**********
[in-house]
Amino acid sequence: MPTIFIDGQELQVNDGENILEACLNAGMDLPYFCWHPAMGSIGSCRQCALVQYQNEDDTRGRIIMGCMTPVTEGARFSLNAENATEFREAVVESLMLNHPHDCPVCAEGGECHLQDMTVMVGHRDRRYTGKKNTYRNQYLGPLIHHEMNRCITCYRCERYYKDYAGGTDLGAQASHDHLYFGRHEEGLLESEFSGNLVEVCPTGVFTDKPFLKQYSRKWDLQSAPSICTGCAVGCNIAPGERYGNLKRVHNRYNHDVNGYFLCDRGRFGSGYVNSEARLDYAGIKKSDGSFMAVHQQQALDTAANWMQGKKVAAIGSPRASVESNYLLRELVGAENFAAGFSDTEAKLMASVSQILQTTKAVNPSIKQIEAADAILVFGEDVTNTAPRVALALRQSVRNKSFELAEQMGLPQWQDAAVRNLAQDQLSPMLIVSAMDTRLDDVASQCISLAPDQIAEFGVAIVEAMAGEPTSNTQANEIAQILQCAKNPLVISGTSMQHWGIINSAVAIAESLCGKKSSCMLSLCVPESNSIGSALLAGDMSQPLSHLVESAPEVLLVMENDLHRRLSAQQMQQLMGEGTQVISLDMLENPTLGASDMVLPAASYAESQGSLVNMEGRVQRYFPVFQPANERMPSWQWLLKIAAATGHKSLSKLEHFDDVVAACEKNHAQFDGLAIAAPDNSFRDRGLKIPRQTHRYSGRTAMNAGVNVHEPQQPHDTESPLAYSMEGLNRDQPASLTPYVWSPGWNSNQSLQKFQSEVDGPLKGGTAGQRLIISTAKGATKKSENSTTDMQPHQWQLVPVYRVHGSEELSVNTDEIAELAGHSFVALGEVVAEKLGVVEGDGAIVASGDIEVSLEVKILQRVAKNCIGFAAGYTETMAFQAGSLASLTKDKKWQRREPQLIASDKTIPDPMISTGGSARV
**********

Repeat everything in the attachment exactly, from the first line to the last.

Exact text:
[in-house]
Amino acid sequence: MPTIFIDGQELQVNDGENILEACLNAGMDLPYFCWHPAMGSIGSCRQCALVQYQNEDDTRGRIIMGCMTPVTEGARFSLNAENATEFREAVVESLMLNHPHDCPVCAEGGECHLQDMTVMVGHRDRRYTGKKNTYRNQYLGPLIHHEMNRCITCYRCERYYKDYAGGTDLGAQASHDHLYFGRHEEGLLESEFSGNLVEVCPTGVFTDKPFLKQYSRKWDLQSAPSICTGCAVGCNIAPGERYGNLKRVHNRYNHDVNGYFLCDRGRFGSGYVNSEARLDYAGIKKSDGSFMAVHQQQALDTAANWMQGKKVAAIGSPRASVESNYLLRELVGAENFAAGFSDTEAKLMASVSQILQTTKAVNPSIKQIEAADAILVFGEDVTNTAPRVALALRQSVRNKSFELAEQMGLPQWQDAAVRNLAQDQLSPMLIVSAMDTRLDDVASQCISLAPDQIAEFGVAIVEAMAGEPTSNTQANEIAQILQCAKNPLVISGTSMQHWGIINSAVAIAESLCGKKSSCMLSLCVPESNSIGSALLAGDMSQPLSHLVESAPEVLLVMENDLHRRLSAQQMQQLMGEGTQVISLDMLENPTLGASDMVLPAASYAESQGSLVNMEGRVQRYFPVFQPANERMPSWQWLLKIAAATGHKSLSKLEHFDDVVAACEKNHAQFDGLAIAAPDNSFRDRGLKIPRQTHRYSGRTAMNAGVNVHEPQQPHDTESPLAYSMEGLNRDQPASLTPYVWSPGWNSNQSLQKFQSEVDGPLKGGTAGQRLIISTAKGATKKSENSTTDMQPHQWQLVPVYRVHGSEELSVNTDEIAELAGHSFVALGEVVAEKLGVVEGDGAIVASGDIEVSLEVKILQRVAKNCIGFAAGYTETMAFQAGSLASLTKDKKWQRREPQLIASDKTIPDPMISTGGSARV